Investors have been biting their nails and pulling their hair over the weekend, hoping for a deal between Greece and its international creditors. While hope was once heightened as the deadline approached, optimism has now vanished after Greek Prime Minister Alexis Tsipras called for a referendum on the austerity policies demanded by creditors on Friday midnight.
Greece’s deadline for the US$ 1.7bn debt repayment is tomorrow and the International Monetary Fund’s Managing Director, Chistine Lagarde, told BBC that the IMF cannot provide further assistance to Greece if the deadline is missed. She commented on the referendum that is going to happen at the end of the week that “at least legally speaking, the referendum will relate to proposals and arrangements that are no longer valid.”
Tsipras is now asking the public to decide on the future of Greece in 5 days, when financiers around the table could not figure out what to do in 5 months.
The Bank of Greece recommended capital controls and the government issued a decree that banks should be closed on Monday. Banks in Greece will be closed until at least July 6, and a daily cash withdrawal limit will be set at US$ 66.04. Bank transfers or payments abroad will also be banned, according to Bloomberg.
Thomas Chan, Managing Director at Able Alliance International says the situation is definitely negative. Although the market has been prepared for a default or a GREXIT, when it actually happens it will still elicit market shocks. However, if one takes a rational approach, the outcome may not be as disastrous as the public perceives:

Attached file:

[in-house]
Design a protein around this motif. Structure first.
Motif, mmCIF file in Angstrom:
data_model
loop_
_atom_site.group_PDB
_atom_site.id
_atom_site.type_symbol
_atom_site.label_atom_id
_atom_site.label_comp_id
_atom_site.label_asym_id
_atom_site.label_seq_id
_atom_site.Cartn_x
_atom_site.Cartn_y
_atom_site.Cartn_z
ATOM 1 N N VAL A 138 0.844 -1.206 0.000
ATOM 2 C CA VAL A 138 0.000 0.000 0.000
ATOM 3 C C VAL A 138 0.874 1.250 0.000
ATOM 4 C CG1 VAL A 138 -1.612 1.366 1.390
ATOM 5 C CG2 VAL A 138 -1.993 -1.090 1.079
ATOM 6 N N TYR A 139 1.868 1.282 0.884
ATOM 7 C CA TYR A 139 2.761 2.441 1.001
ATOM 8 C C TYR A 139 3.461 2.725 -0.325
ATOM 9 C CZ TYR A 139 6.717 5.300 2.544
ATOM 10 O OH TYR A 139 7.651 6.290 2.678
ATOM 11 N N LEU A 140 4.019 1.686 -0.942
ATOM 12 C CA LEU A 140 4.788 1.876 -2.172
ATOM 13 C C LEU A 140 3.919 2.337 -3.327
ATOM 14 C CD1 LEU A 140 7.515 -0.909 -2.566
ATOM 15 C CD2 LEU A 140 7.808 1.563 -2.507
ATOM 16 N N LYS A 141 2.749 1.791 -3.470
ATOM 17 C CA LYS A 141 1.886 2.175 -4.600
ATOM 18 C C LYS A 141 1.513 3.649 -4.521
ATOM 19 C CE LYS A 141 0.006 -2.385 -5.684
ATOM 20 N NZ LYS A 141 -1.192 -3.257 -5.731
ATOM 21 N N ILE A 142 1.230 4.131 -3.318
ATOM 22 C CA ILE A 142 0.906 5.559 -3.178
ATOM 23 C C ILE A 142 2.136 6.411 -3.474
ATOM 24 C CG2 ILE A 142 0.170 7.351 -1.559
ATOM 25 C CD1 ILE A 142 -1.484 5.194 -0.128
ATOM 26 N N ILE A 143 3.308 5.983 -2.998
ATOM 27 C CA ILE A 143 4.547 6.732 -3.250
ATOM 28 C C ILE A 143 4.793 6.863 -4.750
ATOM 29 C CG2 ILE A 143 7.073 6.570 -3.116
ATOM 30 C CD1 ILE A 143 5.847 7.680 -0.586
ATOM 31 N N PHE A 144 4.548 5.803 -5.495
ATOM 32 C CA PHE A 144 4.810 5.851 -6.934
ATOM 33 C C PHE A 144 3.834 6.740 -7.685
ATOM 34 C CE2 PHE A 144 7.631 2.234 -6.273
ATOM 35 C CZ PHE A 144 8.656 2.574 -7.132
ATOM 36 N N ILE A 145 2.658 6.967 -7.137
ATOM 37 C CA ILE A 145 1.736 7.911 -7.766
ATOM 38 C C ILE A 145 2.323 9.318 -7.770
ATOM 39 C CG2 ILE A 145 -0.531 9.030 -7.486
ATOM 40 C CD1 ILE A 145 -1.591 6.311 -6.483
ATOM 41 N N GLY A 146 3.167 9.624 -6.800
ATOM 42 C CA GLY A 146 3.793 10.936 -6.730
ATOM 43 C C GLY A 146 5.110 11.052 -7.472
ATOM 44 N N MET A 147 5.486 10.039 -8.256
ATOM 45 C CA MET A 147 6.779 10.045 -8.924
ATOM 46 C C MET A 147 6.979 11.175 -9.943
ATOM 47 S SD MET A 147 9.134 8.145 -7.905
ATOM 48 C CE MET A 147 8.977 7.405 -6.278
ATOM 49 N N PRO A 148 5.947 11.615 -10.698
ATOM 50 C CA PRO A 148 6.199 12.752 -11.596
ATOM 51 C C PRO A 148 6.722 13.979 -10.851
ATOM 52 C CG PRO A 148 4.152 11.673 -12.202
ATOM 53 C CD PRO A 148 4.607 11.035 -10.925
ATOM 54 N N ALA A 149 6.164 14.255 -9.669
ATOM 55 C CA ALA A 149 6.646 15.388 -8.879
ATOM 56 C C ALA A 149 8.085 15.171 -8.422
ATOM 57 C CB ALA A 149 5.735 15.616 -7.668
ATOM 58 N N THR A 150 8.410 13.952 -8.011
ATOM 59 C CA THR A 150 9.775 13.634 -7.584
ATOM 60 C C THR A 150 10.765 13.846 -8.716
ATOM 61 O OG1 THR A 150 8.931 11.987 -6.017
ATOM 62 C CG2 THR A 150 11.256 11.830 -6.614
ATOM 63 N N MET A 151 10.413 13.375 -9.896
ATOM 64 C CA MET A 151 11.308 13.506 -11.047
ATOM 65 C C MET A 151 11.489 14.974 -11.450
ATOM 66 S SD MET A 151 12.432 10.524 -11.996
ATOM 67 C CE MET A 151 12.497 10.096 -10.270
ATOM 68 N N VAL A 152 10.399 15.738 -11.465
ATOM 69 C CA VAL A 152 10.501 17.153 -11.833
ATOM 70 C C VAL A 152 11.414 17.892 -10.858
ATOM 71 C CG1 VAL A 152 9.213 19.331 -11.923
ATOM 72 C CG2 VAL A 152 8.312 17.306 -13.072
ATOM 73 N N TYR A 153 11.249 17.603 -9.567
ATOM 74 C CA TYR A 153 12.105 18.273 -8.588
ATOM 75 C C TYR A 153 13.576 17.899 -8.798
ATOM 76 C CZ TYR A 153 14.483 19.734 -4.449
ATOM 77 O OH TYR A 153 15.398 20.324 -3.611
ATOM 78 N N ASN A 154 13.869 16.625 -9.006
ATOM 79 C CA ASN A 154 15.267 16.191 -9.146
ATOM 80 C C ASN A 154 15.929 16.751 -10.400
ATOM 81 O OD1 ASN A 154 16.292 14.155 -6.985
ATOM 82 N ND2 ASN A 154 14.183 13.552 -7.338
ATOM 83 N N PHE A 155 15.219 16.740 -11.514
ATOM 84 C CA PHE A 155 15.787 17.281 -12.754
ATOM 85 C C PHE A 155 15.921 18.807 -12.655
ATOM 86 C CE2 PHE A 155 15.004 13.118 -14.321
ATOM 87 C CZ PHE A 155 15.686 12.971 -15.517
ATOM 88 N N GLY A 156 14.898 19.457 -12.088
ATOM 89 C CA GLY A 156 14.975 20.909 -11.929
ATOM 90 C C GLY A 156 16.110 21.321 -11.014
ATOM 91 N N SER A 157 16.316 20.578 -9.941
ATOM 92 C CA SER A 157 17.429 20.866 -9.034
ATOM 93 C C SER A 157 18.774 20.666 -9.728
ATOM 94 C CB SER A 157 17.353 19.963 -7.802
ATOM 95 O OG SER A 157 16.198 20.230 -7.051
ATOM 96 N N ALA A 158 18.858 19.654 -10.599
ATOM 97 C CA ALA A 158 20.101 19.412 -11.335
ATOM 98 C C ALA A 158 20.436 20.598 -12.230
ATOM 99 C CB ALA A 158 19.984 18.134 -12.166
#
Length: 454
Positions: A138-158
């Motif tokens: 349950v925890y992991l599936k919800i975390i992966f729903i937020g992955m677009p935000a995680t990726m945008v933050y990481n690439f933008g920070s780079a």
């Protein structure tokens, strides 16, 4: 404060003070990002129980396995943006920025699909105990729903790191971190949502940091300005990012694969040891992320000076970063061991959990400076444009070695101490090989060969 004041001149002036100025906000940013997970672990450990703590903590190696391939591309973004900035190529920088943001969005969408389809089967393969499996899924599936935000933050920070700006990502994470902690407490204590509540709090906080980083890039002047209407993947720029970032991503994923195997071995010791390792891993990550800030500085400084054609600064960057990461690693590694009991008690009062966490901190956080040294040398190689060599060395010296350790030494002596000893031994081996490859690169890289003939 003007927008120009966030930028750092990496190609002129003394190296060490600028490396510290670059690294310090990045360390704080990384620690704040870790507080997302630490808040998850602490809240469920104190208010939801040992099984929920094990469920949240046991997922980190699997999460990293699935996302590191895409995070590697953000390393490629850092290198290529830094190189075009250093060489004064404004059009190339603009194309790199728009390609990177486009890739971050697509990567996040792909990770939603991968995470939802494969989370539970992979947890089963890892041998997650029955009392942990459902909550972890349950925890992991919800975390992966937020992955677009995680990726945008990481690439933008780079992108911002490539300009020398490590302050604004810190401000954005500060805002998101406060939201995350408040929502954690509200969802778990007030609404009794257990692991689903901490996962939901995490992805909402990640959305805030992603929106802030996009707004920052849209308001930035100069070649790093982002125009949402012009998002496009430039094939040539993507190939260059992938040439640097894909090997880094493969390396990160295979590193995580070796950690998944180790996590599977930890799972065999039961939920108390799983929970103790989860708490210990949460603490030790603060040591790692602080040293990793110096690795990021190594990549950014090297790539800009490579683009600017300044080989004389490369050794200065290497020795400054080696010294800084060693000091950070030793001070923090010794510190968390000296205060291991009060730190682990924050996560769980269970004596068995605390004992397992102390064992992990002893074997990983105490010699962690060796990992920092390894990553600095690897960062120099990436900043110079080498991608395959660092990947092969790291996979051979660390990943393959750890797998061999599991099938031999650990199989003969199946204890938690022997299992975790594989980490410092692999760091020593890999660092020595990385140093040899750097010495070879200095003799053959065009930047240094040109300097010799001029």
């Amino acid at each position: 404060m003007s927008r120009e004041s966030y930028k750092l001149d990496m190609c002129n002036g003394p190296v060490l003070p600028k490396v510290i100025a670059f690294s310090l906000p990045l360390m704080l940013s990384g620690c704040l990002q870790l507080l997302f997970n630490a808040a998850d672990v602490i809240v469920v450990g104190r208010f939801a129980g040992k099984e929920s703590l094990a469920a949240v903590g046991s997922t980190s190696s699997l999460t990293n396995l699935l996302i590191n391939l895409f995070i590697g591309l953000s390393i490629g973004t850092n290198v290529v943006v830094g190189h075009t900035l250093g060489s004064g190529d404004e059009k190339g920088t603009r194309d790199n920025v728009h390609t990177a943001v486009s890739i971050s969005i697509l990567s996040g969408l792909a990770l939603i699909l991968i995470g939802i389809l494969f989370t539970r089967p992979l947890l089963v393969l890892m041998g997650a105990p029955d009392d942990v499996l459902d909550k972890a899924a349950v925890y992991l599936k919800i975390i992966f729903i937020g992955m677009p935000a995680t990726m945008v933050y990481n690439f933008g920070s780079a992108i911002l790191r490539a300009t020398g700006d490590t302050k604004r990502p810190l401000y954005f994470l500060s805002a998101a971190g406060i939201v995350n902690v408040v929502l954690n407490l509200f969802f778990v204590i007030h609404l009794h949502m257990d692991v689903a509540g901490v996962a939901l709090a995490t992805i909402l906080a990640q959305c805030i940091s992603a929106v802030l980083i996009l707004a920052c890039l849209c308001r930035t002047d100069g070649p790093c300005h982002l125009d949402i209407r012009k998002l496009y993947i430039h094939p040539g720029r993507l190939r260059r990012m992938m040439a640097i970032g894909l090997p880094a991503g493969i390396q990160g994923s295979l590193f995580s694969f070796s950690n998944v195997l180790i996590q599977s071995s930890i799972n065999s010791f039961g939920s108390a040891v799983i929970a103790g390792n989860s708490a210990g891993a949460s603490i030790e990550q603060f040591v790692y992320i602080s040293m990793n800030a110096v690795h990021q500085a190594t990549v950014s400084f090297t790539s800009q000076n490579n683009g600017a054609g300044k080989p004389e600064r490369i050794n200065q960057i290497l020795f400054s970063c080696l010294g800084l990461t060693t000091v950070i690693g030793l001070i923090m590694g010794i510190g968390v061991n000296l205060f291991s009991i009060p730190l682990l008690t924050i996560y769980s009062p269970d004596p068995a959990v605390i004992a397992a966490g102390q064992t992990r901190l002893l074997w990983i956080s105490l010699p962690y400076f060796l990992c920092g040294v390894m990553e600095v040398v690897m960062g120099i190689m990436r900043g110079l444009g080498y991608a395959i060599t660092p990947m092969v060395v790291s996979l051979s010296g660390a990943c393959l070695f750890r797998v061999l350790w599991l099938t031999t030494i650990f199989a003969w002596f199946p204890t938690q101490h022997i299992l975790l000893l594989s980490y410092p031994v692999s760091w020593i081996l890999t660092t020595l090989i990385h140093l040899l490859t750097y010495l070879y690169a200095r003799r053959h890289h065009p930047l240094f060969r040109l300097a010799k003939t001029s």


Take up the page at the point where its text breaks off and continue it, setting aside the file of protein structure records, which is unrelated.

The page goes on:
- The Greek economy is very small. According to the IMF, it ranks 44th in the world with a GDP of US$ 238bn
- Greece’s debts are mainly focused on the IMF and ECB, and its debt burden on commercial banks is very light
- It is more likely that Greeks will vote for the government to try and reach a deal in the referendum
The market is reacting quite fiercely because institutional investors will not take the risk, but for individual investors he suggests to wait for a few more days. He thinks the risks of haven assets are high after prices have gone up, because developments in the Greek saga still remain uncertain. “It is too late to go into haven assets, if the situation gets better, their prices will come back down. If investors want security, they should hold cash instead,” he says.
Or, he recommends investors to wait and see. Investors would have to examine the strength of the rebound of assets when things improve. If the rebound is small, it might mean that the fundamental or the quality of the asset is diminished and at that point, it’s worth a sell-off.
Otherwise, investors can start looking into European equities after the Greek crisis clears up, because the low euro helps with exports in many countries in the Union, and company earnings might benefit. The risk of a deep euro depreciation is not likely anymore as the euro is already trading at a low level. BM